Breaking FHA rules.

112 Replies

My girlfriend and I live in a house (with a conventional mortgage) that we don't wish to move out of. I want to get into rentals, but don't yet have the capital to put %20 down on a sfr in my area. I do however have the money to put 3.5% down on a duplex or triplex. Someone recently gave me the idea of acquiring a triplex with an fha loan, rehabbing two of the units, renting them out, and taking my time with the third rehab. Or even rehab all three, rent two out and air b&b the third until the one year is up. Then I would rent out the third as well. Clearly I'm talking about getting an FHA, and then breaking the rules by not moving in.

My questions are:

1. What is your take on this?

2. What are my odds of getting caught?

3. What are the ramifications of being caught?

4. Hypothetically, if I couldn't possibly get caught, is this plan a smart one?

5. Should I refinance (brrrr style) after renting two out, or after the year has past and I have all three rented out, or not until the mortgage is paid down enough to remove the PMI?

Other notes:

I'm in Illinois

I'm a plumber

I have a good credit score

Sorry if my post is dumb


do you value your freedom more than getting into real estate because they have ways to find out and It’s considered fraud punishable with prison time and huge fines or a due on sale . Is it worth the risk ? I would say no . Why don’t you do what others do and save for the 20% ? There’s other ways to buy a property than just going to the bank like most people do . I would rather deal with the burden of saving up more cash than dealing with “ bubba” in a prison cell

@Dennis M. Thanks for the response! I'm also wondering how anyone would prove I don't live there if I air b&b it, considering people air b&b their personal homes all the time. Unless air b&b is illegal in an FHA home in general? Or if I was simply rehabbing it over the whole year, could I just say I am rehabbing it before moving in? Is it legal to rehab your house in the first year of an FHA loan? Or maybe you have to live the while you rehab? Clearly I don't know any of this stuff Haha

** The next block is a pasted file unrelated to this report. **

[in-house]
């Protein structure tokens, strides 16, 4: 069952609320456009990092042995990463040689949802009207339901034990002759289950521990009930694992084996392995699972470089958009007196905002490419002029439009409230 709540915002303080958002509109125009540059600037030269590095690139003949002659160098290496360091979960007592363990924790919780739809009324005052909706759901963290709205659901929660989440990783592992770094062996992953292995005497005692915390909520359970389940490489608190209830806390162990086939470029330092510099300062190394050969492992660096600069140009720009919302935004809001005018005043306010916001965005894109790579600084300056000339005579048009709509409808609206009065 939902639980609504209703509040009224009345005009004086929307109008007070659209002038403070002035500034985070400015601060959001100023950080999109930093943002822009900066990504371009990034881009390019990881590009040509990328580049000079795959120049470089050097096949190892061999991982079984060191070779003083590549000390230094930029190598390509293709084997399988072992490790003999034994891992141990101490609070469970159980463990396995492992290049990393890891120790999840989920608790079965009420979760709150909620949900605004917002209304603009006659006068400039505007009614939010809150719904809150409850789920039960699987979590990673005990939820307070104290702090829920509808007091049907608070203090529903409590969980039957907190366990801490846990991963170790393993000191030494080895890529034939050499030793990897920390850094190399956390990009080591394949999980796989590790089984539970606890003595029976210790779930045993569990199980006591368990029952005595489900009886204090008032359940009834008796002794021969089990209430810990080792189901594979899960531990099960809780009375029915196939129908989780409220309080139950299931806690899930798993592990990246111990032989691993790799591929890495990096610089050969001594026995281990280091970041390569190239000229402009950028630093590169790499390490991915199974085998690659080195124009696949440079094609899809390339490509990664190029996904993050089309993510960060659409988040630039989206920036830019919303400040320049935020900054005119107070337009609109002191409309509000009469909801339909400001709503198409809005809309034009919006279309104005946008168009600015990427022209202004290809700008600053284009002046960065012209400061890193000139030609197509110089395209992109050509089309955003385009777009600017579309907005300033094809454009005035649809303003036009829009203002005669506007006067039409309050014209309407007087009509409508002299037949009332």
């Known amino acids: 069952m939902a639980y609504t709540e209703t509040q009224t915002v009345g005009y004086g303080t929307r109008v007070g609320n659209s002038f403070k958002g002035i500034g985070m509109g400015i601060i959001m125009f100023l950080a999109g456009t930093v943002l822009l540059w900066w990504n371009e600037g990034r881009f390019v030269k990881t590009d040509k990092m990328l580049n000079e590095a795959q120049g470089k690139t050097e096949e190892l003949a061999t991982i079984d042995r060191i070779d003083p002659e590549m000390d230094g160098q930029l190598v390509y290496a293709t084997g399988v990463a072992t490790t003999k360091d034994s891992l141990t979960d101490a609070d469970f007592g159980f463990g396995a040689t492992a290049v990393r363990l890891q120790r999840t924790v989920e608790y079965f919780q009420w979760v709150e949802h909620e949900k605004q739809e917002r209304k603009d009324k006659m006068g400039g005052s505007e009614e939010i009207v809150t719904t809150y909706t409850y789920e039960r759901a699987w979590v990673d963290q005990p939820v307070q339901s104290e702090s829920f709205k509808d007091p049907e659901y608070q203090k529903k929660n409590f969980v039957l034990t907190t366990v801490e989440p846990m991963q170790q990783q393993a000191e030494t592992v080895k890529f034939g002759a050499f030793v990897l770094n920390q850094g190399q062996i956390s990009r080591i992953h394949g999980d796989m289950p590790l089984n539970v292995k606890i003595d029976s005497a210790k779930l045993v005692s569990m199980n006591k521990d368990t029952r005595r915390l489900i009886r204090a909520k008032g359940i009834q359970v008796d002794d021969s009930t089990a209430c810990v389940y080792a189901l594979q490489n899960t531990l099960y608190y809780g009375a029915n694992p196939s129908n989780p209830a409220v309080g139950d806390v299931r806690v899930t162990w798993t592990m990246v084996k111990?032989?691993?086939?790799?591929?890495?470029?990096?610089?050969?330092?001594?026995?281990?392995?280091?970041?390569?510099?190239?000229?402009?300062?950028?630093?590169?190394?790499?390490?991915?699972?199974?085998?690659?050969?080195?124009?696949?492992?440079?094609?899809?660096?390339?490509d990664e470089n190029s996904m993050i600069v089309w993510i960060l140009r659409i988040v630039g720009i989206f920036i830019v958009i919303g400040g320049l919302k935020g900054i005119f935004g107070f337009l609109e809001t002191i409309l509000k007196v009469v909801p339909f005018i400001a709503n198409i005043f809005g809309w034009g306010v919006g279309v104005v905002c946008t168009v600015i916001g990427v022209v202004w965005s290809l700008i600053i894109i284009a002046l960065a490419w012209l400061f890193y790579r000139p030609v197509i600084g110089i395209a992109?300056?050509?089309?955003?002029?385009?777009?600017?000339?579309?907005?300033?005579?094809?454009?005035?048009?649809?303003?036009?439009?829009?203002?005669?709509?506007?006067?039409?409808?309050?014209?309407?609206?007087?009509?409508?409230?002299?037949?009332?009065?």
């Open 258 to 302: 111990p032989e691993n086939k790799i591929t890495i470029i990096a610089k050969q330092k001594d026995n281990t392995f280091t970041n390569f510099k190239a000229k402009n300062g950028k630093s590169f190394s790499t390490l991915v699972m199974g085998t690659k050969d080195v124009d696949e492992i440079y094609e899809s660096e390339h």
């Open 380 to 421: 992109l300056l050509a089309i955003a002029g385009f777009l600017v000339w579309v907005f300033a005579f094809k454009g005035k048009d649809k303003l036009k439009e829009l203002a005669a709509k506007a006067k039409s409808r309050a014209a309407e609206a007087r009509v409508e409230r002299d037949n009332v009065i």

Originally posted by @Kirk P. :

2. What are my odds of getting caught?

 Are you asking about your odds now, or are you asking about your previous odds back before the very first google search result for "your name real estate" is your biggerpockets profile that links to this thread...? 

@Chris Mason Thanks! Yeah good point Haha. I wasn't planning on doing this, but when the idea was floated to me I did get very curious. But it looks like I won't be doing it now anyway. Also, I didn't realized quite how illegal it was. Years in prison must mean it's a big deal. For all I knew, it was a fine it something

If yourva contractor you have one up on most people investing in RE . I’d be looking at doing rehab work on distressed properties and not using a bank at all . So many ways to find RE there’s no sense in trying to stay in a box 

So then my next question is, how much time does one have to move in? Could you rehab and then move in, or do you have to be there within a narrow time after closing?

@Dennis M. How do I avoid the bank? I'd be saving up money for 60 years if I had to buy even a distressed home with all cash. Even saving for 20% of something in my area would take me years